J. L. BELL is a Massachusetts writer who specializes in (among other things) the start of the American Revolution in and around Boston. He is particularly interested in the experiences of children in 1765-75. He has published scholarly papers and popular articles for both children and adults. He was consultant for an episode of History Detectives, and contributed to a display at Minute Man National Historic Park.

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Tuesday, February 18, 2014

“African American Stories” in Medford, 19 Feb.

Tomorrow evening, the Royall House and Slave Quarters in Medford will host an illustrated talk by Jennifer Pustz titled “Uncovering African American Stories at Historic New England.”

Historic New England was founded in 1910 as the Society for the Preservation of New England Antiquities, and it was about as Yankee an organization as one could imagine. But people of African descent have been part of New England life for nearly four centuries, and they lived and worked at many of the sites Historic New England preserves. The organization has been doing great work expanding beyond its initial scope.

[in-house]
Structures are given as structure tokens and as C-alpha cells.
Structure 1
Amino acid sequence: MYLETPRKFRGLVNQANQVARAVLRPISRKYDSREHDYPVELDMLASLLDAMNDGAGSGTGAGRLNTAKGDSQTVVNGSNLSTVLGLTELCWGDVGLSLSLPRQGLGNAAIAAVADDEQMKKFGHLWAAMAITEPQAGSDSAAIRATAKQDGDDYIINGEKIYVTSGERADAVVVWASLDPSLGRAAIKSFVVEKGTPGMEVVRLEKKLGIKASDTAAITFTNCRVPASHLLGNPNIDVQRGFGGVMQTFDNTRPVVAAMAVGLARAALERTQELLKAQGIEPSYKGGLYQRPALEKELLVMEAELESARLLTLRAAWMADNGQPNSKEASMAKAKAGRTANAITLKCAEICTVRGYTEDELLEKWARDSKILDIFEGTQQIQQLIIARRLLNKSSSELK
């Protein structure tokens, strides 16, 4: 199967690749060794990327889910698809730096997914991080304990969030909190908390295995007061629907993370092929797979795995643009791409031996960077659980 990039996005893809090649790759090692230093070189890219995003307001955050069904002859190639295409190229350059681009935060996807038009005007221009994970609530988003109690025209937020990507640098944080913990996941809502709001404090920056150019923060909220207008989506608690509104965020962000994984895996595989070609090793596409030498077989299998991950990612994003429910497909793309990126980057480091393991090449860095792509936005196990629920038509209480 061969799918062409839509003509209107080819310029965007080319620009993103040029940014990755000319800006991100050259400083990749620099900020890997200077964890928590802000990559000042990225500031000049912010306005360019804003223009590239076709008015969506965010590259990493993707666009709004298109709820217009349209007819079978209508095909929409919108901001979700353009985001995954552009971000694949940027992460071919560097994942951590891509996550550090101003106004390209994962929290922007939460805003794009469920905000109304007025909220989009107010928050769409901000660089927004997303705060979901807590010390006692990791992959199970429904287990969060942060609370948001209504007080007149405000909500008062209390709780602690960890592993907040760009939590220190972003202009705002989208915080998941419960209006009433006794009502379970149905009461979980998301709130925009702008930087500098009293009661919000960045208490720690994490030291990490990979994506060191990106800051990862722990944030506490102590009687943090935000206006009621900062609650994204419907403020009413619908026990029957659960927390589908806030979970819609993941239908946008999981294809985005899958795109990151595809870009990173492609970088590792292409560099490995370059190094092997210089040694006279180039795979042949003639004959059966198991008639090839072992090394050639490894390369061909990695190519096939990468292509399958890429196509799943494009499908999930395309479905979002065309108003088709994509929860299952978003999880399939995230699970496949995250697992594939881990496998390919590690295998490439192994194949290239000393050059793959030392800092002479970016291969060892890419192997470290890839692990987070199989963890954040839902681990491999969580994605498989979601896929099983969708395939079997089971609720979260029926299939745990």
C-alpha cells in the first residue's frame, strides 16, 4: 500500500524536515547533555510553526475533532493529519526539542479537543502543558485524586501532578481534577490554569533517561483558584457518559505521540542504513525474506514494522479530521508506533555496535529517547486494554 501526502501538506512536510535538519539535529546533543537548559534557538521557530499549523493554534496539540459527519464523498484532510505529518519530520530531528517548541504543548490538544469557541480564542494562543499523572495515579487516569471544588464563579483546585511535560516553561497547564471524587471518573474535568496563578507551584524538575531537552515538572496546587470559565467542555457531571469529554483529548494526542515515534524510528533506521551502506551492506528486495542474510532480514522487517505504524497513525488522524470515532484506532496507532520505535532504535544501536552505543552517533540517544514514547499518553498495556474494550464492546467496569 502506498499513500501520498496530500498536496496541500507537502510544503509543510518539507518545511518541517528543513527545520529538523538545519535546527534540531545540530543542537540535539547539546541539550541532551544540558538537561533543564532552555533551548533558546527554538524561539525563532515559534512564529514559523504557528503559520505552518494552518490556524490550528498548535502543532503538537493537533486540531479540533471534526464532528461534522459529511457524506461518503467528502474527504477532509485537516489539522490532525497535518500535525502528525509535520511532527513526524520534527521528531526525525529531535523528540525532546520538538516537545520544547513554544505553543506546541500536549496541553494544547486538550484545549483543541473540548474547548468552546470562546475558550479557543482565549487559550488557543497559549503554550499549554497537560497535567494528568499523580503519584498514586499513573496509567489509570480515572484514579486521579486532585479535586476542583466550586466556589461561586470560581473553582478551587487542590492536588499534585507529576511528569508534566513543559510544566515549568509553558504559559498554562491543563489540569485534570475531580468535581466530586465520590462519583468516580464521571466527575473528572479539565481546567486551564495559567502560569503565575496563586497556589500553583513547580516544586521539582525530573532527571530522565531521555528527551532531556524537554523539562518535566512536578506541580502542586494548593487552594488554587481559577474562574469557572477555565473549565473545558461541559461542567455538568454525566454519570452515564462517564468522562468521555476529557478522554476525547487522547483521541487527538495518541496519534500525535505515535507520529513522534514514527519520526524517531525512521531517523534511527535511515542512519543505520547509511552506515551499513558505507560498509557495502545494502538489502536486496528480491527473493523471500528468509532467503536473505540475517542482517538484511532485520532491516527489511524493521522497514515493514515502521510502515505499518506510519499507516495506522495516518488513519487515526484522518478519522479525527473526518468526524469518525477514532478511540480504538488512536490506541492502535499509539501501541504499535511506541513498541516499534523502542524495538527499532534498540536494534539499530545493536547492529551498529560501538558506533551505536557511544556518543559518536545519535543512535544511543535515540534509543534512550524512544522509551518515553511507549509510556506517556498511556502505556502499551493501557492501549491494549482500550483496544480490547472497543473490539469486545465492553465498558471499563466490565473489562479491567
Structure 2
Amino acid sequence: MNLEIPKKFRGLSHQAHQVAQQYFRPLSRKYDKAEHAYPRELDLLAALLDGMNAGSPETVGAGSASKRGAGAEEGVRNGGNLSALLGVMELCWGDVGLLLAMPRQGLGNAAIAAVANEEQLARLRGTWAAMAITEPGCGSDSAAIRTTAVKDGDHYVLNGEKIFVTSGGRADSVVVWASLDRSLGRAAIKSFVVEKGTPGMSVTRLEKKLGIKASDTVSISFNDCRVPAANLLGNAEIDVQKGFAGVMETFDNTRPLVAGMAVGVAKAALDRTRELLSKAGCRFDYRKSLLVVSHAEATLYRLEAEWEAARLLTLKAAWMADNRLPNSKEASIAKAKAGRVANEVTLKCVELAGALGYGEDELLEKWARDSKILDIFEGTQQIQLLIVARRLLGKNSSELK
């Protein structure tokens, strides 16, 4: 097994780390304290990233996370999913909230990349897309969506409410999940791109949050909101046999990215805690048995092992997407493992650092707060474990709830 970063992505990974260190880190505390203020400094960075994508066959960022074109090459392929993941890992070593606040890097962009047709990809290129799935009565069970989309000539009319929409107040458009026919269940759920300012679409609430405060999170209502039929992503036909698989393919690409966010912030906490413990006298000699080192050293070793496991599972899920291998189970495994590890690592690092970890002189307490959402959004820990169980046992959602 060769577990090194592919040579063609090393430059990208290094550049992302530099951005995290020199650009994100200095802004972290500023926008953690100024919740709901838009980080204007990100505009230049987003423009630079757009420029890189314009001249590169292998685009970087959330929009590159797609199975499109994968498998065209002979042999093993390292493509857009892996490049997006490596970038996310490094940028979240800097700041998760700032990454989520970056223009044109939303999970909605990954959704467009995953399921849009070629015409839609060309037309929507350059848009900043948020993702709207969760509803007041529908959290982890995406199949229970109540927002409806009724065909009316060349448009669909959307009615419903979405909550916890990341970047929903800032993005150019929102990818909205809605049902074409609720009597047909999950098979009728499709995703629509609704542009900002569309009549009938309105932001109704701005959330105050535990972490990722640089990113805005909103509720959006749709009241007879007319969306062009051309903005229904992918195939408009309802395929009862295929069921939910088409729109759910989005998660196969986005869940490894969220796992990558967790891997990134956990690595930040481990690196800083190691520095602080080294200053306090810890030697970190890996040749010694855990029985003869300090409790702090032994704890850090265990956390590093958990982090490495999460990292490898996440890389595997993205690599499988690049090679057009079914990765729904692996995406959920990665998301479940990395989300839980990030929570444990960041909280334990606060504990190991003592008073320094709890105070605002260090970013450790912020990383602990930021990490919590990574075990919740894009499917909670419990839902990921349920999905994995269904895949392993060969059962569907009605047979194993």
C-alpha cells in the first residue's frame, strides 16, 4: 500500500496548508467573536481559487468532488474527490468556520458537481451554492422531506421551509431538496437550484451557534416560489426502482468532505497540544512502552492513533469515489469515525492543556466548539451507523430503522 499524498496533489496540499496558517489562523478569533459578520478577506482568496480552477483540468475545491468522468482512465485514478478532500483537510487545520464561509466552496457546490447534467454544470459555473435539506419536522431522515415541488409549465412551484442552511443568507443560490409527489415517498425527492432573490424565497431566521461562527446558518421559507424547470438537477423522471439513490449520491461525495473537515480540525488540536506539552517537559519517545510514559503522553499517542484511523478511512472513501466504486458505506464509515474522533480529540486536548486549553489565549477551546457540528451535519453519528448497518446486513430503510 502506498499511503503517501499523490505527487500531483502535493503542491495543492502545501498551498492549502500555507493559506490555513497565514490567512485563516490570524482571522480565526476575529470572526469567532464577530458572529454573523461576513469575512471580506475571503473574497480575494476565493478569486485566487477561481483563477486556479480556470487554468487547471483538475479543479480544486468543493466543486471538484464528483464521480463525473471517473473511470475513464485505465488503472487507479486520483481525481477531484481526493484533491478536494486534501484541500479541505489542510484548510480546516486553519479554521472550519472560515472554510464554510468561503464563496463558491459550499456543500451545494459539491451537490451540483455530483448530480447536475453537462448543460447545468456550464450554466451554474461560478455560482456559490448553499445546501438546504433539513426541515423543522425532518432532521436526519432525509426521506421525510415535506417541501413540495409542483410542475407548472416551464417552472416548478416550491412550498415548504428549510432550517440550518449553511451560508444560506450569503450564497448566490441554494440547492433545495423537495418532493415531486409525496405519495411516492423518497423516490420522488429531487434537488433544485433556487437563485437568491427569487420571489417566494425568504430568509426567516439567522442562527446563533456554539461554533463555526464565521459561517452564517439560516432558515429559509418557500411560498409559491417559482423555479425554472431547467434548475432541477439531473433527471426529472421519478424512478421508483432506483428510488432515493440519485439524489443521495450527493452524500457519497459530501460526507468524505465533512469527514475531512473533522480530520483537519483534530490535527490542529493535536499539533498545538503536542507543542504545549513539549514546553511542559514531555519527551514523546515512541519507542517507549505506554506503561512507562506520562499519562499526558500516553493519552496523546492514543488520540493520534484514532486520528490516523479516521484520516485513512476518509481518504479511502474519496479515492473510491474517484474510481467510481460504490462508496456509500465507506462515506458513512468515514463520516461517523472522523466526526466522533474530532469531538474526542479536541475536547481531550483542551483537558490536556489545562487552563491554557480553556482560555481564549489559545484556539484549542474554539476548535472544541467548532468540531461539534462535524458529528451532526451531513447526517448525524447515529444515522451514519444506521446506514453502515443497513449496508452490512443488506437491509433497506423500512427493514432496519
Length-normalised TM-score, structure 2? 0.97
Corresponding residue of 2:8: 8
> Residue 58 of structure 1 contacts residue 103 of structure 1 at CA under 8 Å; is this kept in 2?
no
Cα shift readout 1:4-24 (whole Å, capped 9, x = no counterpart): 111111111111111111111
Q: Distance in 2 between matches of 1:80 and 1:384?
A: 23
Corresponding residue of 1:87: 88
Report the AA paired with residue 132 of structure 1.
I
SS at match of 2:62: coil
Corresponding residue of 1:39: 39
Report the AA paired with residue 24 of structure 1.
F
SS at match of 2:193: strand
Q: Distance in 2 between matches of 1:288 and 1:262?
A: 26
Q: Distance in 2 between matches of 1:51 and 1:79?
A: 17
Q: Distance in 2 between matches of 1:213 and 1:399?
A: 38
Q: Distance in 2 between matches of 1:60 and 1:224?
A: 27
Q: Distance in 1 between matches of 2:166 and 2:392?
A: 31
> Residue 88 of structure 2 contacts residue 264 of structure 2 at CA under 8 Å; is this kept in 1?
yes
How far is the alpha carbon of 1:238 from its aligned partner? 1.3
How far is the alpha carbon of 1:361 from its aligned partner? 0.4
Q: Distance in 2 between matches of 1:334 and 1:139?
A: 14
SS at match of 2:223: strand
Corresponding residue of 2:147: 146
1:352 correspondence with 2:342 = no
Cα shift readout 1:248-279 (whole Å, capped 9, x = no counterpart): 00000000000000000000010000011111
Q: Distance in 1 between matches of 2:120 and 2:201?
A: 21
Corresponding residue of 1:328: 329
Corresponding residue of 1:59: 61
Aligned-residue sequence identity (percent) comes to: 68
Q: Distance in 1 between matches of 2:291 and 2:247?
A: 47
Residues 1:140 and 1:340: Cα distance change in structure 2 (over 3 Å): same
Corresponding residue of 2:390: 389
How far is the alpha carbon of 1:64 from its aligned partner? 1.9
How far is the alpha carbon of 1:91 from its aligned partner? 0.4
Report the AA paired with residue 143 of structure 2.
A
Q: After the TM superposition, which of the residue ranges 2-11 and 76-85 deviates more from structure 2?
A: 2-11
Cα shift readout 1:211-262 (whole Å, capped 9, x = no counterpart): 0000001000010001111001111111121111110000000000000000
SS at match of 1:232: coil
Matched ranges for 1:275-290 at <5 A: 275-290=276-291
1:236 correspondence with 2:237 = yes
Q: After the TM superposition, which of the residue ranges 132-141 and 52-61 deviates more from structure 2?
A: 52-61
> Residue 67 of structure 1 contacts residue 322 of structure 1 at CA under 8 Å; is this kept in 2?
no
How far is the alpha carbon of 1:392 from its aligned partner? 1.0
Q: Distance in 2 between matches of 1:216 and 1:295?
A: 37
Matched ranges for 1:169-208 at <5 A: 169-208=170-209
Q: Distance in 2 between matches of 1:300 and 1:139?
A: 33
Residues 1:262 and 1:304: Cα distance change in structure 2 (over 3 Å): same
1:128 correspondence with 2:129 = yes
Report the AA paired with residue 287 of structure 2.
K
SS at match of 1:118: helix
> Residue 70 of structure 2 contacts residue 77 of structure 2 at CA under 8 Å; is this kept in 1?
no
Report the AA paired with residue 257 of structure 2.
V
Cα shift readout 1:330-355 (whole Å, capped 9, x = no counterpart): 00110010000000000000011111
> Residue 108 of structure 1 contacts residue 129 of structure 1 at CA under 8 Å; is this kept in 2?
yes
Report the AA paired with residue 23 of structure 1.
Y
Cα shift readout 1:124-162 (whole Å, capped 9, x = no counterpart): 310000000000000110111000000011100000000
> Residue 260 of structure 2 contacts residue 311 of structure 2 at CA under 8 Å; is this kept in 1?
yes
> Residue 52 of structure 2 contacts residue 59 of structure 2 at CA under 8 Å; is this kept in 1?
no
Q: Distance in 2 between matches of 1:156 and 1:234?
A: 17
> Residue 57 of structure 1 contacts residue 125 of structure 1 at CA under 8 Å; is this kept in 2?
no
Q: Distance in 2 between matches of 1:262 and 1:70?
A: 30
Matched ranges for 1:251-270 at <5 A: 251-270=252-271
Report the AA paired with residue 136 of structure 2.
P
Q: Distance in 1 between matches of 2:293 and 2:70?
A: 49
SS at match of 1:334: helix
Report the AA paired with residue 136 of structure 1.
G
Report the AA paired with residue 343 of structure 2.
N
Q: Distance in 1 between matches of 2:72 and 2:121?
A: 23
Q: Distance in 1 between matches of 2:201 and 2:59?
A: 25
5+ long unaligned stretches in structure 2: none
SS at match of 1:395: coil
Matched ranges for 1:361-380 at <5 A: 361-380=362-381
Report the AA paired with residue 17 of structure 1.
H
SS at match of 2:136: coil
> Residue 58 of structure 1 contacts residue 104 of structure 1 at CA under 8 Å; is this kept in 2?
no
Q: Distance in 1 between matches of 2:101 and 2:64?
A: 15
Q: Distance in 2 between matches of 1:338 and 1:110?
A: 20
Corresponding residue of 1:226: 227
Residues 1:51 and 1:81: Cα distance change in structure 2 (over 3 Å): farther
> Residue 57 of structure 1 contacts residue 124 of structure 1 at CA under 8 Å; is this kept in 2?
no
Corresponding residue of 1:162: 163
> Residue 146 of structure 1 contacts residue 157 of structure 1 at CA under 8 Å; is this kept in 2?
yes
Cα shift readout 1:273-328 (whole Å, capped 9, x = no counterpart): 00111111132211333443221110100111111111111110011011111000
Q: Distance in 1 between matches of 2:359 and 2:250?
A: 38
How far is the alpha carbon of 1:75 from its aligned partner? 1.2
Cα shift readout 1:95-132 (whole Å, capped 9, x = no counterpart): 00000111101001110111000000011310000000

The description of the talk elaborates:
Though too often hidden, the contributions of African Americans, enslaved and free, are important to understanding the history of New England. The story of Prince Sayward of York, Maine, who fought in the American Revolution, and that of Cuff Gardner, a free African American who worked at Rhode Island’s Casey Farm at the turn of the nineteenth century, reveal new aspects of daily life at these sites. These stories are about labor, but also about these individuals’ participation in the fight for freedom and in such uniquely New England traditions as “Negro Elections.”
Pustz is museum historian at Historic New England and author of Voices from the Back Stairs: Interpreting Servants’ Lives at Historic House Museums. She has a Ph.D. in American Studies from the University of Iowa.

This talk will begin on Wednesday evening at 7:30. It’s free to Royall House members, $5 for others. There’s on-street parking in that neighborhood of Medford, and the museum is also located on the 96 and 101 bus routes.

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